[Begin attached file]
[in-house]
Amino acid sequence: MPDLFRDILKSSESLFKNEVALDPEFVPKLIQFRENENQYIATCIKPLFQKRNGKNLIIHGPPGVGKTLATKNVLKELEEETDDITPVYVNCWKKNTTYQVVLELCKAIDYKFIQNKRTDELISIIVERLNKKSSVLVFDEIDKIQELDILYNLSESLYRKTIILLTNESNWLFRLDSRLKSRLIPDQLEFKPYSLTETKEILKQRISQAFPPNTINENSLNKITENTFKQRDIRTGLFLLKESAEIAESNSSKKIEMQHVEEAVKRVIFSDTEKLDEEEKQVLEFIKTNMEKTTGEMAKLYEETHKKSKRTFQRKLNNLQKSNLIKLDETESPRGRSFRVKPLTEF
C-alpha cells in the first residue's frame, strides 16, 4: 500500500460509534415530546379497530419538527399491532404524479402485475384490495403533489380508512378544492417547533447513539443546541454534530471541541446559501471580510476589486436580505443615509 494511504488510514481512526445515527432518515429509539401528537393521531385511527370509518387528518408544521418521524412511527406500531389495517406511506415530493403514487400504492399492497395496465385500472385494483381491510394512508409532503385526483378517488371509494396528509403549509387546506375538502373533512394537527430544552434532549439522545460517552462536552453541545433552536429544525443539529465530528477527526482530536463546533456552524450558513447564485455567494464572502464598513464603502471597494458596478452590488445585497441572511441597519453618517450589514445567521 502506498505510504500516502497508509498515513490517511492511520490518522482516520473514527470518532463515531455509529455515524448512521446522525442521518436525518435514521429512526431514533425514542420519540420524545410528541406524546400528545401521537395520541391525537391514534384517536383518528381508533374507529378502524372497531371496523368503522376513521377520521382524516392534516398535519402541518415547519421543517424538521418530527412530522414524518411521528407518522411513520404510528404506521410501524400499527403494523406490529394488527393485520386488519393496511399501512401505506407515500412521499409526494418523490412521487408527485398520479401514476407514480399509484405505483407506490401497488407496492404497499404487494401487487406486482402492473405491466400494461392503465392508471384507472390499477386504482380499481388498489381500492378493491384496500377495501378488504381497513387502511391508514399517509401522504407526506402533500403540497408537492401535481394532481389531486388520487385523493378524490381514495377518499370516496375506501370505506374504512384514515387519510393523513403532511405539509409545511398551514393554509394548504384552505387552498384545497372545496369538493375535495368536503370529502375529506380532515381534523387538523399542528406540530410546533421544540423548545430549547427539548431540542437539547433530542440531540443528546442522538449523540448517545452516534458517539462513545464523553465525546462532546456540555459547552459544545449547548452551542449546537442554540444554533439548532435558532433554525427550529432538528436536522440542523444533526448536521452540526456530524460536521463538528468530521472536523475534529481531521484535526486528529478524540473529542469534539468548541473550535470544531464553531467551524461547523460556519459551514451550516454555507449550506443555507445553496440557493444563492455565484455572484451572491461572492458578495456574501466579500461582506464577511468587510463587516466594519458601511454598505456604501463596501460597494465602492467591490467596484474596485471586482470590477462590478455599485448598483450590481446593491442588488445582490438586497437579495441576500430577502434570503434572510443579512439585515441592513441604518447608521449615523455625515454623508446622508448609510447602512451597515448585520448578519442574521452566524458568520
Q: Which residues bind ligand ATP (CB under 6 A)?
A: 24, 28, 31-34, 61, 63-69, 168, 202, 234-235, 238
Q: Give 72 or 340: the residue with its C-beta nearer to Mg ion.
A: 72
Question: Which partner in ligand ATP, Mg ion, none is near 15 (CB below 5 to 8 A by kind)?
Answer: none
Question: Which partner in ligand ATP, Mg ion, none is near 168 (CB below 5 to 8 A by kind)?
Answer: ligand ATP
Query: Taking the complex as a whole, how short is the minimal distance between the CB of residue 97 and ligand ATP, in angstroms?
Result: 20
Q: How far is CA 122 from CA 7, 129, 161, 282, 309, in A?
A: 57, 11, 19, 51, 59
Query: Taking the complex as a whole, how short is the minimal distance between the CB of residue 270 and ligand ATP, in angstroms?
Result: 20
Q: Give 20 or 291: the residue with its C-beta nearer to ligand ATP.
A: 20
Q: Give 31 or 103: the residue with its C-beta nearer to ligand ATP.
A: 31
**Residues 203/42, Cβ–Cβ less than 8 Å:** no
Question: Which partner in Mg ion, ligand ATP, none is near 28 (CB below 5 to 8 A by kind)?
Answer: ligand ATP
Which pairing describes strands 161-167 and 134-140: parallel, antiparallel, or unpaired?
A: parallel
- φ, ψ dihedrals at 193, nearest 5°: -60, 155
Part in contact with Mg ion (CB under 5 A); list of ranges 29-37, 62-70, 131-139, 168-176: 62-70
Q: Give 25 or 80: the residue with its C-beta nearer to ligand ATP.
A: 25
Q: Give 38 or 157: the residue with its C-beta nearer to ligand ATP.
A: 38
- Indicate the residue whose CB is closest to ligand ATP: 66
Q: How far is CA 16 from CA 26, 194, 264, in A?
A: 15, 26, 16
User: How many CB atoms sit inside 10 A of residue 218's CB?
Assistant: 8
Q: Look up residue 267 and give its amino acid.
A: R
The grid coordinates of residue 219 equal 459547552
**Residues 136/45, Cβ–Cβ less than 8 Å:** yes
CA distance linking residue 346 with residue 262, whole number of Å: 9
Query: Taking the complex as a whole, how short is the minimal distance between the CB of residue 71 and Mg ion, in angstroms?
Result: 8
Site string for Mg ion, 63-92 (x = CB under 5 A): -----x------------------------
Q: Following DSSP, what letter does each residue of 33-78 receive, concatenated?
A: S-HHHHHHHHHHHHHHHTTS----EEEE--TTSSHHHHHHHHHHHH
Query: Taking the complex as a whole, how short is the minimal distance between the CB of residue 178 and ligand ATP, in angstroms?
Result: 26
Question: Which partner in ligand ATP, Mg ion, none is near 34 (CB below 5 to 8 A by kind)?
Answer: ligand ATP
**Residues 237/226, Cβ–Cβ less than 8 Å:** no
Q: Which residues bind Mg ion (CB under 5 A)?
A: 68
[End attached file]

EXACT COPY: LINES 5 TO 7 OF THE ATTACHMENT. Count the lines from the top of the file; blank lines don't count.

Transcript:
A: 24, 28, 31-34, 61, 63-69, 168, 202, 234-235, 238
Q: Give 72 or 340: the residue with its C-beta nearer to Mg ion.
A: 72